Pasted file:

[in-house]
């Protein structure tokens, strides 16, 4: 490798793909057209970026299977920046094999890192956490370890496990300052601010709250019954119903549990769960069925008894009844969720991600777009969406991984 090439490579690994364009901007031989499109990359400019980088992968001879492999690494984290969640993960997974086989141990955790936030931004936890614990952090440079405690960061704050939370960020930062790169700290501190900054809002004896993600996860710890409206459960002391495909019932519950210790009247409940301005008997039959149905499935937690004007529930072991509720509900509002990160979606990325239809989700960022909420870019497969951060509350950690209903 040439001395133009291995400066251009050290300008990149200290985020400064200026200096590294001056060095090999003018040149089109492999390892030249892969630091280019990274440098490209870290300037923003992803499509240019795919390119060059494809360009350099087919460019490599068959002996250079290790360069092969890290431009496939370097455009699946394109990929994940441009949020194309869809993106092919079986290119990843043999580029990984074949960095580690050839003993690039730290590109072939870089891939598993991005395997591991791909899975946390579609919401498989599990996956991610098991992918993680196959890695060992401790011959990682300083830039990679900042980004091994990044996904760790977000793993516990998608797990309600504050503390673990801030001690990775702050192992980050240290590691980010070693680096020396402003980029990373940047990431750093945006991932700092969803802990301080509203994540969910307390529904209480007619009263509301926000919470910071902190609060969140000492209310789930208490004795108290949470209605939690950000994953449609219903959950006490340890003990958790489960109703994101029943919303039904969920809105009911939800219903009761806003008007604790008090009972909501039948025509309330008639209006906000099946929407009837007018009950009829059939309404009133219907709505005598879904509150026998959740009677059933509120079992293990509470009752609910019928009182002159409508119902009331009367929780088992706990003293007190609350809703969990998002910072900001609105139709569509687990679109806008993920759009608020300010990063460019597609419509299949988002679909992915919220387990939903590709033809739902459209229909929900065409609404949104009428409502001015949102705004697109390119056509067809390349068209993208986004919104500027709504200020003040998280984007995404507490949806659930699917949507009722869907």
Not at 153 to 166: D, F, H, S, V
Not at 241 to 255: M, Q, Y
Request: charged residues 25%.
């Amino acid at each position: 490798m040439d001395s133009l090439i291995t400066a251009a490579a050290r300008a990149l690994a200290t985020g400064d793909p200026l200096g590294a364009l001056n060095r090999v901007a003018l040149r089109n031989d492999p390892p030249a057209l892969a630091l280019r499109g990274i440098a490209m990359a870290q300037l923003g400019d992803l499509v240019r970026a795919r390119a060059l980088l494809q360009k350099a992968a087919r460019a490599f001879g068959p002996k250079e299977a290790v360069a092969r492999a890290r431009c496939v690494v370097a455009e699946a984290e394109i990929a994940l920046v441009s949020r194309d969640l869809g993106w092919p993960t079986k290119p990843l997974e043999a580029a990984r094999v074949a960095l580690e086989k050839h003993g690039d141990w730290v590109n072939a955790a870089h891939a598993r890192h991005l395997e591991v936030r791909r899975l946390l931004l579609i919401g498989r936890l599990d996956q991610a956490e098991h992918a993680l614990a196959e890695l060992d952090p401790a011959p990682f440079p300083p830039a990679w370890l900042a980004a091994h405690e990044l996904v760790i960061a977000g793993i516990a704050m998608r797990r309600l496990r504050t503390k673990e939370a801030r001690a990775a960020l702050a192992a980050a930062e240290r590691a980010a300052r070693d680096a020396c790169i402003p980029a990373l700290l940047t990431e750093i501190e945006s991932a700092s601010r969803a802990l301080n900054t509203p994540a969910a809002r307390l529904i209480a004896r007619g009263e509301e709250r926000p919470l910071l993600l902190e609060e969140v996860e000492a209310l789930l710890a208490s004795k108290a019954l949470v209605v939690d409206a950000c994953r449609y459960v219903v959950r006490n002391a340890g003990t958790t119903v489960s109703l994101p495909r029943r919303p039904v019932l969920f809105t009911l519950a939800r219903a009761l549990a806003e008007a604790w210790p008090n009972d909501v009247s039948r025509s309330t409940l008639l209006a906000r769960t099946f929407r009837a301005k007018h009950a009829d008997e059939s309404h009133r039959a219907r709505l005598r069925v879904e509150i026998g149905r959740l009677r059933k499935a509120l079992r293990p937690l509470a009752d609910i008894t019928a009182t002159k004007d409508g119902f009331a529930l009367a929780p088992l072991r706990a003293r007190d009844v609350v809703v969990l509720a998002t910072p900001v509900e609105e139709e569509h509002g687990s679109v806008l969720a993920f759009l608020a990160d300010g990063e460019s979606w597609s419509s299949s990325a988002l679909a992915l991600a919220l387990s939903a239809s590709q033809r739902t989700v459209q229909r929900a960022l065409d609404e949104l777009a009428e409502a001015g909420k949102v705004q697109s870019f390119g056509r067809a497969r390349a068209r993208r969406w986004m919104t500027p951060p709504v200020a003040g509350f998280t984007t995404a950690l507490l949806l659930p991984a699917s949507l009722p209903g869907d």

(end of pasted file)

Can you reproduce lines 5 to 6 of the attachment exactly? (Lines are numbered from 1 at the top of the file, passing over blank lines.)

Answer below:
Request: charged residues 25%.
């Amino acid at each position: 490798m040439d001395s133009l090439i291995t400066a251009a490579a050290r300008a990149l690994a200290t985020g400064d793909p200026l200096g590294a364009l001056n060095r090999v901007a003018l040149r089109n031989d492999p390892p030249a057209l892969a630091l280019r499109g990274i440098a490209m990359a870290q300037l923003g400019d992803l499509v240019r970026a795919r390119a060059l980088l494809q360009k350099a992968a087919r460019a490599f001879g068959p002996k250079e299977a290790v360069a092969r492999a890290r431009c496939v690494v370097a455009e699946a984290e394109i990929a994940l920046v441009s949020r194309d969640l869809g993106w092919p993960t079986k290119p990843l997974e043999a580029a990984r094999v074949a960095l580690e086989k050839h003993g690039d141990w730290v590109n072939a955790a870089h891939a598993r890192h991005l395997e591991v936030r791909r899975l946390l931004l579609i919401g498989r936890l599990d996956q991610a956490e098991h992918a993680l614990a196959e890695l060992d952090p401790a011959p990682f440079p300083p830039a990679w370890l900042a980004a091994h405690e990044l996904v760790i960061a977000g793993i516990a704050m998608r797990r309600l496990r504050t503390k673990e939370a801030r001690a990775a960020l702050a192992a980050a930062e240290r590691a980010a300052r070693d680096a020396c790169i402003p980029a990373l700290l940047t990431e750093i501190e945006s991932a700092s601010r969803a802990l301080n900054t509203p994540a969910a809002r307390l529904i209480a004896r007619g009263e509301e709250r926000p919470l910071l993600l902190e609060e969140v996860e000492a209310l789930l710890a208490s004795k108290a019954l949470v209605v939690d409206a950000c994953r449609y459960v219903v959950r006490n002391a340890g003990t958790t119903v489960s109703l994101p495909r029943r919303p039904v019932l969920f809105t009911l519950a939800r219903a009761l549990a806003e008007a604790w210790p008090n009972d909501v009247s039948r025509s309330t409940l008639l209006a906000r769960t099946f929407r009837a301005k007018h009950a009829d008997e059939s309404h009133r039959a219907r709505l005598r069925v879904e509150i026998g149905r959740l009677r059933k499935a509120l079992r293990p937690l509470a009752d609910i008894t019928a009182t002159k004007d409508g119902f009331a529930l009367a929780p088992l072991r706990a003293r007190d009844v609350v809703v969990l509720a998002t910072p900001v509900e609105e139709e569509h509002g687990s679109v806008l969720a993920f759009l608020a990160d300010g990063e460019s979606w597609s419509s299949s990325a988002l679909a992915l991600a919220l387990s939903a239809s590709q033809r739902t989700v459209q229909r929900a960022l065409d609404e949104l777009a009428e409502a001015g909420k949102v705004q697109s870019f390119g056509r067809a497969r390349a068209r993208r969406w986004m919104t500027p951060p709504v200020a003040g509350f998280t984007t995404a950690l507490l949806l659930p991984a699917s949507l009722p209903g869907d």